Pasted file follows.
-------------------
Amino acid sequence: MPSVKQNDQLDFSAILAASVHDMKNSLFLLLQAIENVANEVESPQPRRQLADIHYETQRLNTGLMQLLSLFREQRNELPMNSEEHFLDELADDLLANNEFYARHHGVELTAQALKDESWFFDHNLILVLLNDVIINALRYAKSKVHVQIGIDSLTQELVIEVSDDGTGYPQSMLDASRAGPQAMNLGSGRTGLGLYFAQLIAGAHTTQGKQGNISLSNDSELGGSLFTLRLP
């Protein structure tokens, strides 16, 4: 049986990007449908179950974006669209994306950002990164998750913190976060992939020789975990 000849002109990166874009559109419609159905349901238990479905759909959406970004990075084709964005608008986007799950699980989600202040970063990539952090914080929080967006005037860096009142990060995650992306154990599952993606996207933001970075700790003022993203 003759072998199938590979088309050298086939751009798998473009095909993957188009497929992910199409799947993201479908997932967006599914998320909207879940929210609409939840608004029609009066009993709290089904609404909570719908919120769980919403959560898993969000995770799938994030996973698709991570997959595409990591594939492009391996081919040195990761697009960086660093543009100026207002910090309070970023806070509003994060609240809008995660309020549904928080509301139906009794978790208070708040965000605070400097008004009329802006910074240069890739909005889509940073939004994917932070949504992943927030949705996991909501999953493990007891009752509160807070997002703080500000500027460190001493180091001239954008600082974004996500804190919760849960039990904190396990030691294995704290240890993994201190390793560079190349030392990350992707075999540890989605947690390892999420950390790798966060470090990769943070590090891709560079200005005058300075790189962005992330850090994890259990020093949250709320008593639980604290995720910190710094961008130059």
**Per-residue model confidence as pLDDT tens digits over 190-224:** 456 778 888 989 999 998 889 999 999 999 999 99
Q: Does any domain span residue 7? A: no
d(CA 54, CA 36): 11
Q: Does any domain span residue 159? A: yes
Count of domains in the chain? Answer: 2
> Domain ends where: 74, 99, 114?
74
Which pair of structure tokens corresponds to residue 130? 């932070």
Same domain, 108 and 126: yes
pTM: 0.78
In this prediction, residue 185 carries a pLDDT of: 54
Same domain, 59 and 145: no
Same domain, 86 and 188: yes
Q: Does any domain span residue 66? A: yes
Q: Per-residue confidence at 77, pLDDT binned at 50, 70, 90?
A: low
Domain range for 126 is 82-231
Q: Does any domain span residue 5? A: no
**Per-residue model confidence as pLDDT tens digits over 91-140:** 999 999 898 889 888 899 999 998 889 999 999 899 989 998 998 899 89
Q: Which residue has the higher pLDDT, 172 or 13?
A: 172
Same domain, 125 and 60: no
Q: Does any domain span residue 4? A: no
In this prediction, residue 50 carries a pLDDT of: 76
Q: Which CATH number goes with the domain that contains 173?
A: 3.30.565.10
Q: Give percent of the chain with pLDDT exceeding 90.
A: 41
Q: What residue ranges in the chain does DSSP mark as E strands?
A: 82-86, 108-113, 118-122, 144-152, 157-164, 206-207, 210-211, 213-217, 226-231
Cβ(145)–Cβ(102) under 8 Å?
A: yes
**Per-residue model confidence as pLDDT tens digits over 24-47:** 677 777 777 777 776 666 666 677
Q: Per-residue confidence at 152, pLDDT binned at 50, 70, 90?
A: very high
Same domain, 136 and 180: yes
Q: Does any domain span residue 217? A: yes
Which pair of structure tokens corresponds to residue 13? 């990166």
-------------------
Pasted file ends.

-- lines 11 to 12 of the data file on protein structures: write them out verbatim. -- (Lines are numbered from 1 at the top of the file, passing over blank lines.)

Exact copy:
Same domain, 108 and 126: yes
pTM: 0.78